September 07, 2011

SkyNET: a 3G-enabled mobile attack drone and stealth botmaster

SkyNET: a 3G-enabled mobile attack drone and stealth botmaster (9 pages)

SkyNET is a stealth network that connects hosts to a botmaster through a mobile drone. The network is comprised of machines on home Wi-Fi networks in a proximal urban area, and one or more autonomous attack drones. The SkyNET is used by a botmaster to command their botnet(s) without using the Internet. The drones are programmed to scour an urban area and compromise wireless networks. Once compromised, the drone attacks the local hosts. When a host is compromised it joins both the Internet-facing botnet, and the sun-facing SkyNET. Subsequent drone flights are used to issue command and control without ever linking the botmaster to the botnet via the Internet. Reverse engineering the botnet, or enumerating the bots, does not reveal the identity of the botmaster. An analyst is forced to observe the autonomous attack drone to bridge the command and control gap. In this paper we present a working example, SkyNET complete with a prototype attack drone, discuss the reality of using such a command and control method, and provide insight on how to prevent against such attacks.
Diagrams showing the PAAE procedure used by the SkyNET drone. Black dots represent targets. In b the targets are networks. In c the targets are both networks and hosts.

MIT Technology Review has coverage

Dietrich and two students presented details of their drone, dubbed SkyNet, at the USENIX Security Conference in mid-August. They used a quadricopter—a toy that costs less than $400—to carry a lightweight computer loaded with wireless reconnaissance and attack software. They controlled the homemade drone with a 3G modem and two cameras that send video back to the attacker. It cost less than $600 to build.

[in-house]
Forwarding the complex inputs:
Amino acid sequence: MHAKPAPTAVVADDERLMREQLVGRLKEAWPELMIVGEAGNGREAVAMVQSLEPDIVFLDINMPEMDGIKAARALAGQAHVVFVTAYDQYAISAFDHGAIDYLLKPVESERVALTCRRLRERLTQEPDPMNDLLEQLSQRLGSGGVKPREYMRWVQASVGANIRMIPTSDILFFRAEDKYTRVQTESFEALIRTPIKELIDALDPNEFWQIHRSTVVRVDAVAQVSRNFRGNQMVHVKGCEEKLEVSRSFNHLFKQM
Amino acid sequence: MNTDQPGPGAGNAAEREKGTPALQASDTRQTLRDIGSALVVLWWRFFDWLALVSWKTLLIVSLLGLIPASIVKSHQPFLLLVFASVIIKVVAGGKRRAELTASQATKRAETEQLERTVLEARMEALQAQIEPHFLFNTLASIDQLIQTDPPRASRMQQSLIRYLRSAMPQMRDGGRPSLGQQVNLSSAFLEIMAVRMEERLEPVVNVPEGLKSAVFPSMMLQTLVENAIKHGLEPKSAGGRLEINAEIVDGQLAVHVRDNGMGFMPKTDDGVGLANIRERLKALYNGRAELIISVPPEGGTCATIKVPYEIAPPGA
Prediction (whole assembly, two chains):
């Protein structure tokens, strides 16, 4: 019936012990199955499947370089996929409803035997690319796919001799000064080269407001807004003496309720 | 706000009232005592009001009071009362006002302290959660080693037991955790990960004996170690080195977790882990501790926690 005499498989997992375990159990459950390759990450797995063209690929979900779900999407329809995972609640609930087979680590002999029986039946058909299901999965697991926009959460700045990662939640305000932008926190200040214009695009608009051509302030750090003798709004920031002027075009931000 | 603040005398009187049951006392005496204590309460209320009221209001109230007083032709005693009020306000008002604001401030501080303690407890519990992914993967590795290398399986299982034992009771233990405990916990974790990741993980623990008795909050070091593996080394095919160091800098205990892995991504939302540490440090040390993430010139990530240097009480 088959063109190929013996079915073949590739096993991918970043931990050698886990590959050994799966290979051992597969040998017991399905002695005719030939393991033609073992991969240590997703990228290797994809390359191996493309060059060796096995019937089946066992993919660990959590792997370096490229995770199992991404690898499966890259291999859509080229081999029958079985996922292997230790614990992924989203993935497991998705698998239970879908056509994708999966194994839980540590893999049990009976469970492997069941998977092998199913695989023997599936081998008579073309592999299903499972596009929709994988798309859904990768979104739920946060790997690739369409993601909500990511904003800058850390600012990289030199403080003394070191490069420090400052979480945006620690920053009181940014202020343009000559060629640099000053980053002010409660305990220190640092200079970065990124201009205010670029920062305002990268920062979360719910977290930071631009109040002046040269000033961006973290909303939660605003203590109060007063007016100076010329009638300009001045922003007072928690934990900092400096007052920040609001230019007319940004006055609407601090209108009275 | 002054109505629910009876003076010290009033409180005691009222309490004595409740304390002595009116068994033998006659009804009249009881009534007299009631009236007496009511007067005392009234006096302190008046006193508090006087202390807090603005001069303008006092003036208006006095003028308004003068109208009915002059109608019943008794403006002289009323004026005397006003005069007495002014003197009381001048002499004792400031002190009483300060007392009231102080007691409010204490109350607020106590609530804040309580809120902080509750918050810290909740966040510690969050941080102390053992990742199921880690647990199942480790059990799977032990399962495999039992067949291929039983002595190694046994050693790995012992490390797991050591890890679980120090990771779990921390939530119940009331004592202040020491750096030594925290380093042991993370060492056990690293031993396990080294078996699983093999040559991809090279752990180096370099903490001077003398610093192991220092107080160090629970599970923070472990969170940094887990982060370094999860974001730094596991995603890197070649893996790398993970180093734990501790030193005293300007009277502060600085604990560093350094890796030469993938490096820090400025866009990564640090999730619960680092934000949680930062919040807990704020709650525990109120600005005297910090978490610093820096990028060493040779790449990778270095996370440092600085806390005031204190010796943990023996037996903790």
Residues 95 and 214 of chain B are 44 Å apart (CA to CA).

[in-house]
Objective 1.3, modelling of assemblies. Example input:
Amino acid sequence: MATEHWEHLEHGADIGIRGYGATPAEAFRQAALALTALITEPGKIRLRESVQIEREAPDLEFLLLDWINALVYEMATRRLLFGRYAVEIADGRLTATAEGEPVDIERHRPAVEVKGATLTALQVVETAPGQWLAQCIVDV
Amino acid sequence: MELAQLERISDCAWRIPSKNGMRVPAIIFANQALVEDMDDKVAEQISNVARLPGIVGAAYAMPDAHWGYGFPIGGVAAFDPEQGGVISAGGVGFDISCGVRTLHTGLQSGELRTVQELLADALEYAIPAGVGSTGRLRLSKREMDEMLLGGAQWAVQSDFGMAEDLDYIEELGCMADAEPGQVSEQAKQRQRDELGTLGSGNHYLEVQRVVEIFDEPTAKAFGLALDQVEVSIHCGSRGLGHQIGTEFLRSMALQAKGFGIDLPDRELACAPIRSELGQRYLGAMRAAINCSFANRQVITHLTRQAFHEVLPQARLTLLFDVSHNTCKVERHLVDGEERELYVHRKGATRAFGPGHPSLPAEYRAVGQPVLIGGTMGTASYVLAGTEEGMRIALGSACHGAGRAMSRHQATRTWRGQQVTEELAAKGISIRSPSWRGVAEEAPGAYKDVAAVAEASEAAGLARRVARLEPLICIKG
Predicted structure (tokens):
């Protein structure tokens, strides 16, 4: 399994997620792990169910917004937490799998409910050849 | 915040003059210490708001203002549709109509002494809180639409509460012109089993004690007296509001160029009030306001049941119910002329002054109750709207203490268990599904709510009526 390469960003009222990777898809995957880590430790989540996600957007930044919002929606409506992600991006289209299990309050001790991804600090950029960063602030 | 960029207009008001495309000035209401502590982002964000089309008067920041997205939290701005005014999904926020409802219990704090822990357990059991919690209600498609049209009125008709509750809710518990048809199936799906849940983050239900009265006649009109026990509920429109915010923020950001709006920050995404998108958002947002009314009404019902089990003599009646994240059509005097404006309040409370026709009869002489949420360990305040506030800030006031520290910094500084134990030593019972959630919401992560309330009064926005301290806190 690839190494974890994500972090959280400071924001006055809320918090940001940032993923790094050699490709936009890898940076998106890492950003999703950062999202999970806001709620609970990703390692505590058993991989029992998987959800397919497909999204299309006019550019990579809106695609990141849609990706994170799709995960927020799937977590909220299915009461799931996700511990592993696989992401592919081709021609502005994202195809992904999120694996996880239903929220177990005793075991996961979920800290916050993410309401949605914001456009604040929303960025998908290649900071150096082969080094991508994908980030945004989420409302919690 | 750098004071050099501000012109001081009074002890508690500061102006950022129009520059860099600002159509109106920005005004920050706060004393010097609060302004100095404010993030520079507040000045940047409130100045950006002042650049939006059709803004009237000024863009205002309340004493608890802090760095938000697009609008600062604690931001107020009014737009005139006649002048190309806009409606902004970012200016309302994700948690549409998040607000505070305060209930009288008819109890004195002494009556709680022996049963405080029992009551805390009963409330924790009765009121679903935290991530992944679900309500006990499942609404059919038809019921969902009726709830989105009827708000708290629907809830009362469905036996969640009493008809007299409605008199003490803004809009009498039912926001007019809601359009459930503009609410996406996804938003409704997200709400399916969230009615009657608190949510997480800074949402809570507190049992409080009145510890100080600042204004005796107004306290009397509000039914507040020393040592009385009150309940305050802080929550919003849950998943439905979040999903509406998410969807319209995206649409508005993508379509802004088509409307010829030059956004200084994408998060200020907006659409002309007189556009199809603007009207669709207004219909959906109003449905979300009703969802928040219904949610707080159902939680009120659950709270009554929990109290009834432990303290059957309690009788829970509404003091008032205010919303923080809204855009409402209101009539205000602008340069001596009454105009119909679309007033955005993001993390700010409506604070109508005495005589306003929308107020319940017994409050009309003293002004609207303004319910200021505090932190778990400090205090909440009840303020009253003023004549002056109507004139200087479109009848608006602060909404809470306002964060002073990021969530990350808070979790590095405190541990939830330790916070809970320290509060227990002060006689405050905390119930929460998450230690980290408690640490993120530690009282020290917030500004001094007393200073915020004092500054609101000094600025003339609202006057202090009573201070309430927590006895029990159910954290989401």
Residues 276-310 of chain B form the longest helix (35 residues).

Our prototype uses a off-the-shelf SBC with an ARM4 250MHz processor. We used Debian Lenny for the operating system. A quad-band Mini-PCI WWAN card was used for the 3G connection and GPS receiver. Two injection-capable Wi-Fi B/G cards were used to connect to the AR.Drone’s Ad-Hoc network and for attacks against Wi-Fi networks. The drone includes a secondary, stronger, GPS receiver. The modifications weigh 196 grams and the AR.Drone was measured and tested to hold a maximum payload of 278 grams. Using the default AR.Drone battery, a 3-cell 1000mAh lithium polymer, the drone can maintain attacks for an average of 2.5 hours. The drone can maintain attacks, while in motion, for an average of 20 minutes.

The drone is piloted through a web interface which shows the controller the output of the AR.Drone’s forward-facing camera, the location via Google Maps, and controls for launching attacks. Piloting the drone over a 3G network allows the controller to position the drone at great distances away from their location. This increases the anonymity of the pilot, but uses an Internet connection. Since the drone is connected to a private 3G network, an Internet proxy must be used for communication. The drone must first negotiate a connection with a proxy before the controller can connect. Additional steps can be taken to preserve anonymity when selecting this proxy. The pilot must make sure they purchase a contract-less network connection for the drone. Although this method of communication is suggested, we maintain that SkyNET can deliver Command and Control without the use of an Internet connection, simply by separating the duties of the pilot and botmaster.


Detection of new hosts on home networks can prevent the SkyNET enhancement. It is seldom that home networks experience a new connection, authenticating new and returning hosts is a trivial task for routing equipment. Logging these connections and alerting home administrators may be the first step to mitigation

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